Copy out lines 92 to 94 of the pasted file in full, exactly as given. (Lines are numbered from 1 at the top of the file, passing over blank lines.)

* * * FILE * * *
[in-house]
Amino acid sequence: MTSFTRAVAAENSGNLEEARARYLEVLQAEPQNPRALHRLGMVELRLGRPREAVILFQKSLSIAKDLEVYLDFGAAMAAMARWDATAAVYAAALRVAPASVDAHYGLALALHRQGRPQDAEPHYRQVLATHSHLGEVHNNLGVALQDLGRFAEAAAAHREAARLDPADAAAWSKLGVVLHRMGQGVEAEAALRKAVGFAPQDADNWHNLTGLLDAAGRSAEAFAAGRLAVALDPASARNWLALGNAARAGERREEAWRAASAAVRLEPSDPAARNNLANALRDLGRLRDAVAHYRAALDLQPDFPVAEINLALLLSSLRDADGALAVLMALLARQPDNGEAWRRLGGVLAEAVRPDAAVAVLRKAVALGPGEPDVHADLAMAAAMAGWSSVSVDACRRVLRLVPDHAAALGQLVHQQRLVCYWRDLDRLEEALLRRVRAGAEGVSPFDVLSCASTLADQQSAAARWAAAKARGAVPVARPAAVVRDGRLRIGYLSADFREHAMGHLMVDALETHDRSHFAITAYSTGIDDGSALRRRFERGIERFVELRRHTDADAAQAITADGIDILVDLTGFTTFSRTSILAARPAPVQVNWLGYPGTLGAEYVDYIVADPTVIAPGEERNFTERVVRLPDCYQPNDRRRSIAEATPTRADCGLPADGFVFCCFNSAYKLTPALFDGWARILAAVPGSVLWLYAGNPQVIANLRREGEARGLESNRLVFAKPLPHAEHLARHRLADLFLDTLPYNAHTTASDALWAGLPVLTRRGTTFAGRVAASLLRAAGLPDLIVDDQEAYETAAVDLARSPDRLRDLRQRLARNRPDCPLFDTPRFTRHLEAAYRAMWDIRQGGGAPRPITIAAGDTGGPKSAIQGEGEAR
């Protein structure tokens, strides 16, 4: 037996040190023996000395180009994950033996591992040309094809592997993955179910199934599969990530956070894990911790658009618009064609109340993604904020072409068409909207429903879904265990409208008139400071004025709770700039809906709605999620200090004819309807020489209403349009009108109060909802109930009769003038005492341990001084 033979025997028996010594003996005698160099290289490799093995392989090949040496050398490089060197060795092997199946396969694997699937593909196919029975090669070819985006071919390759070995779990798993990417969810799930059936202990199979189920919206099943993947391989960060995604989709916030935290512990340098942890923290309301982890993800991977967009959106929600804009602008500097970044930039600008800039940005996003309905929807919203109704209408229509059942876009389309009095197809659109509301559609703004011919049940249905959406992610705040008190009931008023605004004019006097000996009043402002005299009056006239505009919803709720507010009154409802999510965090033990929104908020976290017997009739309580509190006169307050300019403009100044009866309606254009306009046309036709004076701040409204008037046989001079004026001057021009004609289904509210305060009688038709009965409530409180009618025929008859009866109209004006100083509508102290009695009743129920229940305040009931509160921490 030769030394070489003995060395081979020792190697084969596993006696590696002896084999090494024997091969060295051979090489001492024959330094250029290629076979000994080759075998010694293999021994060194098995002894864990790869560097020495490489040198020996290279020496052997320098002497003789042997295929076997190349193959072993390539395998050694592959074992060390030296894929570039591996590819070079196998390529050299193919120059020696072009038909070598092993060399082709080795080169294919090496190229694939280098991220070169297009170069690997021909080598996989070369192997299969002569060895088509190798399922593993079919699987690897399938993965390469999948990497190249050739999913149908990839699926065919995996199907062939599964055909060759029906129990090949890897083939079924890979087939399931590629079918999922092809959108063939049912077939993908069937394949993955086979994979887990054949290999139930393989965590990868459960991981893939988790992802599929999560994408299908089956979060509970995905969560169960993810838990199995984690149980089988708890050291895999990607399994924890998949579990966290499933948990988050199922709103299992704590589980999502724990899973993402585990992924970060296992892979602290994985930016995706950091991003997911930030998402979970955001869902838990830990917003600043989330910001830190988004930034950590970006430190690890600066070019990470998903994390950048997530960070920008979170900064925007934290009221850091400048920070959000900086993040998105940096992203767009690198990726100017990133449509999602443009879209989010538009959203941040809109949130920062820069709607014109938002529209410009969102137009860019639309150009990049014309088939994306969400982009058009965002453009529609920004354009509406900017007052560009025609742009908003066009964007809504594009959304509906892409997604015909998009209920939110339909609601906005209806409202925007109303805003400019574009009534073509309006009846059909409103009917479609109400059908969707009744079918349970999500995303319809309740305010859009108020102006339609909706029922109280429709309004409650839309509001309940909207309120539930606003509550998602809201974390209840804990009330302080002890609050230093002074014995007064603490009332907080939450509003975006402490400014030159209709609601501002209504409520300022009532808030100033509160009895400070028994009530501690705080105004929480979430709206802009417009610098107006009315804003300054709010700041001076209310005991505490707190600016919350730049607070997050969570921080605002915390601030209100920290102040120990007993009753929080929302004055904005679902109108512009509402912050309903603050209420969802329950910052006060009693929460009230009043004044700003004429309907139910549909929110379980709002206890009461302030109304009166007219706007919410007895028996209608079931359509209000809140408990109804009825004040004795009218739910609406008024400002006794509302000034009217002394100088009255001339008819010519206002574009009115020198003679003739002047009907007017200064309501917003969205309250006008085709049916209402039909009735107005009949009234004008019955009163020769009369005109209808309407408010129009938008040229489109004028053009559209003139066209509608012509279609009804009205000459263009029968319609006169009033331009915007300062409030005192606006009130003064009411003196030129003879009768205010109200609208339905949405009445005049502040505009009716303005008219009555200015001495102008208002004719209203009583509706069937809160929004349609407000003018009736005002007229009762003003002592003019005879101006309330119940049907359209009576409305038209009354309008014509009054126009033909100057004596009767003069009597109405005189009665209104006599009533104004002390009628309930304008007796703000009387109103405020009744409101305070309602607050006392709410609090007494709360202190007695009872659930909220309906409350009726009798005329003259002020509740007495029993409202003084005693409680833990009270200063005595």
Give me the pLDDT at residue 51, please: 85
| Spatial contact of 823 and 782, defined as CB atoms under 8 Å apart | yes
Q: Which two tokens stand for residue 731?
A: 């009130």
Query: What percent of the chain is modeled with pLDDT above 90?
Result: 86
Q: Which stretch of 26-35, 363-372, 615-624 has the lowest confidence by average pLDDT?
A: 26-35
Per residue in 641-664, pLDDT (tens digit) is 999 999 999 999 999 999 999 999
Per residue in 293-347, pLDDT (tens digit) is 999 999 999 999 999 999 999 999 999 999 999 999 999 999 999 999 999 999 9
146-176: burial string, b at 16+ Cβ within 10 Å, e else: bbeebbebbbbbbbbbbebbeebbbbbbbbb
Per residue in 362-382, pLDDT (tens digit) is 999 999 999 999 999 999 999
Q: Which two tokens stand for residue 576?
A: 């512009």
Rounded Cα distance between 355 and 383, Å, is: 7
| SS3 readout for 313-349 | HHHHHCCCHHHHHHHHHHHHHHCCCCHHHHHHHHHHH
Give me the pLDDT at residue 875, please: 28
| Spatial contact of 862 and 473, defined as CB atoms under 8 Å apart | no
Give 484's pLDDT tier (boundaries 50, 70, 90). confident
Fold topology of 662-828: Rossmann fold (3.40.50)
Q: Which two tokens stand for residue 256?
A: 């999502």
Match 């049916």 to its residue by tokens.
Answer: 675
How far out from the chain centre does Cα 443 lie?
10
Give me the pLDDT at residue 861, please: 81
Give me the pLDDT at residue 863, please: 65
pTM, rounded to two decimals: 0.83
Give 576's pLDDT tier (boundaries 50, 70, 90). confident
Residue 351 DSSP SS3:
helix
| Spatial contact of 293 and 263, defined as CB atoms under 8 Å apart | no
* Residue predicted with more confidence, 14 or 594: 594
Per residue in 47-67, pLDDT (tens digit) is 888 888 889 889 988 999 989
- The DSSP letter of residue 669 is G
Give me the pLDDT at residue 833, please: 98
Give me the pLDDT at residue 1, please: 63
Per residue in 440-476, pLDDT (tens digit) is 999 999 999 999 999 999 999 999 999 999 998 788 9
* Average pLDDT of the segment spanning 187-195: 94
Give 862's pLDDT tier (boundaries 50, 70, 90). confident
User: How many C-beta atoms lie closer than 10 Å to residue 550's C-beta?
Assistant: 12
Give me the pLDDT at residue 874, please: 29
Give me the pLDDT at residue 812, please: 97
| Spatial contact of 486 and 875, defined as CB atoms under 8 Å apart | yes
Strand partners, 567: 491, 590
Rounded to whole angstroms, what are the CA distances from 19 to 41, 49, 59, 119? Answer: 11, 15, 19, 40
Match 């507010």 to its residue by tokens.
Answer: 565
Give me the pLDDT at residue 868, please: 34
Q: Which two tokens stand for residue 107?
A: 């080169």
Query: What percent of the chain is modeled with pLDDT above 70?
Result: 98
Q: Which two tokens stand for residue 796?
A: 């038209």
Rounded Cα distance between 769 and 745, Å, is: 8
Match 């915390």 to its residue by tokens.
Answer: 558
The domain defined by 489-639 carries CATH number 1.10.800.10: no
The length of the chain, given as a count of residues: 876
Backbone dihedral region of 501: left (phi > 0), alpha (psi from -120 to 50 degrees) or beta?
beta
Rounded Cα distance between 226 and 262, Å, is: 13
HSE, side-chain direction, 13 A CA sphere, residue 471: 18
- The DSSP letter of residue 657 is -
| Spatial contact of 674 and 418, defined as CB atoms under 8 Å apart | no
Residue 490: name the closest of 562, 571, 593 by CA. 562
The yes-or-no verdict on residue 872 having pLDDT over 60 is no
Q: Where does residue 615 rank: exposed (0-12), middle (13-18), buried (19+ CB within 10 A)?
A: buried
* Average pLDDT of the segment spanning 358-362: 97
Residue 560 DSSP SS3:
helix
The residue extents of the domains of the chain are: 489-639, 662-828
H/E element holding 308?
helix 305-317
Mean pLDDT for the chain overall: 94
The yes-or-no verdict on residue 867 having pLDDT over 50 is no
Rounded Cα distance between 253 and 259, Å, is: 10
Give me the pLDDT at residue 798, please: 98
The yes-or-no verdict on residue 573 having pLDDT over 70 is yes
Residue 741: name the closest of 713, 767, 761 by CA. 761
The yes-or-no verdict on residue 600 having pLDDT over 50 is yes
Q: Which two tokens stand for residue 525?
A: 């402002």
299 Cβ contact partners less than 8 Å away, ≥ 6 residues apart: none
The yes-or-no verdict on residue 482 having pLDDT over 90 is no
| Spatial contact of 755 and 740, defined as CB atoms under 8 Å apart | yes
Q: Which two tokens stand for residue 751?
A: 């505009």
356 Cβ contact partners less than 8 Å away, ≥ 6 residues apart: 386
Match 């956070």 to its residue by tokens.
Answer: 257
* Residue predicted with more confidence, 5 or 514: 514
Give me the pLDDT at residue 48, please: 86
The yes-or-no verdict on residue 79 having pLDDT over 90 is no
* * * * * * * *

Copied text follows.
The yes-or-no verdict on residue 482 having pLDDT over 90 is no
| Spatial contact of 755 and 740, defined as CB atoms under 8 Å apart | yes
Q: Which two tokens stand for residue 751?